“The competition for land is becoming increasingly global and increasingly unequal,” said ILC Director Madiodio Niasse in a press release from the International Institute for Environment and Development. “Weak governance, corruption and a lack of transparency in decision-making, which are key features of the typical environment in which large-scale land acquisitions take place, mean that the poor gain few benefits from these deals but pay high costs.”

I have posted twice already about these ‘new enclosures’ and written about foreign companies coming in to desperately poor nations to make use of their best land. But apparently, national elites – who are often let off the hook for taxes in order to attract investment — are playing a far larger role in land grabbing than previously thought.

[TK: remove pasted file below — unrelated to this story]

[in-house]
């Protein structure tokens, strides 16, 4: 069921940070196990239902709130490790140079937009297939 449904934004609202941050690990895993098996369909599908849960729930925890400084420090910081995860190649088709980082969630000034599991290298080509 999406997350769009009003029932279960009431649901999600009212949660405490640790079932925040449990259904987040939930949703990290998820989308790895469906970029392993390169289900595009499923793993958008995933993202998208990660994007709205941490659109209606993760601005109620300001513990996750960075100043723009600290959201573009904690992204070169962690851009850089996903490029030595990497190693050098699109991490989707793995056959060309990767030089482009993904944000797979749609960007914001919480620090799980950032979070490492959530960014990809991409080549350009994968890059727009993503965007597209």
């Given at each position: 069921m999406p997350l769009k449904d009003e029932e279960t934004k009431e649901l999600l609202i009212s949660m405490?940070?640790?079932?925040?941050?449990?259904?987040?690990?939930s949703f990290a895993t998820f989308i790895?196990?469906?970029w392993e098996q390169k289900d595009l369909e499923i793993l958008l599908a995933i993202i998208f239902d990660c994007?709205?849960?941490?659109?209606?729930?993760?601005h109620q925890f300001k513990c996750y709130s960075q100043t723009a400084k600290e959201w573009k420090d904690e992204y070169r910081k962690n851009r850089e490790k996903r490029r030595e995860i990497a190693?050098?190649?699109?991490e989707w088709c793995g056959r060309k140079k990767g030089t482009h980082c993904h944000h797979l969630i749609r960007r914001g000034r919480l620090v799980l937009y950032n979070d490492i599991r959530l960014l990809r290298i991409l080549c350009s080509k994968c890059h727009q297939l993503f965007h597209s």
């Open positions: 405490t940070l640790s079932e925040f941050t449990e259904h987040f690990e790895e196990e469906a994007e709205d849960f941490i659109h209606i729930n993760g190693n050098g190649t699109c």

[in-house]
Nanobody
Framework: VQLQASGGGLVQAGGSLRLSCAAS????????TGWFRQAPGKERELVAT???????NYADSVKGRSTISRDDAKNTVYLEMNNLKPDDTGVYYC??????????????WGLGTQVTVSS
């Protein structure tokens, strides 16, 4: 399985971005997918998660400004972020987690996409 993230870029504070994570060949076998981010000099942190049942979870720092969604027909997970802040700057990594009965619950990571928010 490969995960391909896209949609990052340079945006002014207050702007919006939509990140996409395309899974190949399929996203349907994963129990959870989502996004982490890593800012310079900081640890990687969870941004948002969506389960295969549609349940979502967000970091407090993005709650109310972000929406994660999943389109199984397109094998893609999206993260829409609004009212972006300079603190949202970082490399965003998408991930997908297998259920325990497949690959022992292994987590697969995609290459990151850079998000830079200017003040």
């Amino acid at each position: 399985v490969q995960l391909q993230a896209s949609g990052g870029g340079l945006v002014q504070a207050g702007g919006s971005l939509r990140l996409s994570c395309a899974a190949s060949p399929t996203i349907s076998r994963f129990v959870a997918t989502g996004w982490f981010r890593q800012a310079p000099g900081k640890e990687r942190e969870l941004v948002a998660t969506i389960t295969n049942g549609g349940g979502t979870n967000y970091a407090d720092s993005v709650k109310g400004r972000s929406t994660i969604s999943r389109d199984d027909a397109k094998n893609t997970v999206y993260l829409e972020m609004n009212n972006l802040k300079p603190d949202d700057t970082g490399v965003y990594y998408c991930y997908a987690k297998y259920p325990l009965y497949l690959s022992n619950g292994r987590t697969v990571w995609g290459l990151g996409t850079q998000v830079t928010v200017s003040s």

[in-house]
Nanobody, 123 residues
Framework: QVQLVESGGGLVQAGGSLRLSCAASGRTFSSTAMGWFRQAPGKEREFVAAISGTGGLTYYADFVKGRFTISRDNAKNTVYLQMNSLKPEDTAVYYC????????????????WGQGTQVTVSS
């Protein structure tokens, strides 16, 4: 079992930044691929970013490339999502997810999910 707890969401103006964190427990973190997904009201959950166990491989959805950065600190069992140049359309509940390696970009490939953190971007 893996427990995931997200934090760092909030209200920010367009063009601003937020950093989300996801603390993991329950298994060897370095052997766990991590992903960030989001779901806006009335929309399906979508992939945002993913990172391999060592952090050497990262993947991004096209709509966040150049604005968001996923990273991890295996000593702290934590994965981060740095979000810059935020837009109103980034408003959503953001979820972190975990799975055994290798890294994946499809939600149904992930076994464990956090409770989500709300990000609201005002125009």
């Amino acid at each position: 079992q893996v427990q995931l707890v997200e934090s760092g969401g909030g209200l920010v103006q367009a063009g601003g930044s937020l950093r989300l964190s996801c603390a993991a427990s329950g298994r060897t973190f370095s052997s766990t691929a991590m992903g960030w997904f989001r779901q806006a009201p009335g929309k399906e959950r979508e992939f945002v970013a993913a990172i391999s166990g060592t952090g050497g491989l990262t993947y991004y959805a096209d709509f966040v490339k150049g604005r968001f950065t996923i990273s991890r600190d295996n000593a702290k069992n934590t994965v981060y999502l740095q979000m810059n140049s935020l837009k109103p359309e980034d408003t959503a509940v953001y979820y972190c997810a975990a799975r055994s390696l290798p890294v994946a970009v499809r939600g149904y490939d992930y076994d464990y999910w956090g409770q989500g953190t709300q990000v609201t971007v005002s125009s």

What else lies behind this pernicious trend that will only deepen rural poverty in the third world?

It is actually the same political and economic structure that has people protesting from Wall Street to West Africa: the notion that financial elites know what is best for the rest of us. It simply flies in the face of common sense to think we should help the poor of the developing world with meager handouts and let big business convert their land into mega-estates.

But as the IIED’s Lorenzo Cotula (one of the report’s authors) put it, “Part of the problem is … that many policymakers think small-scale farming has no future and that large scale, intensive agriculture is the best way to achieve food security and support national development.”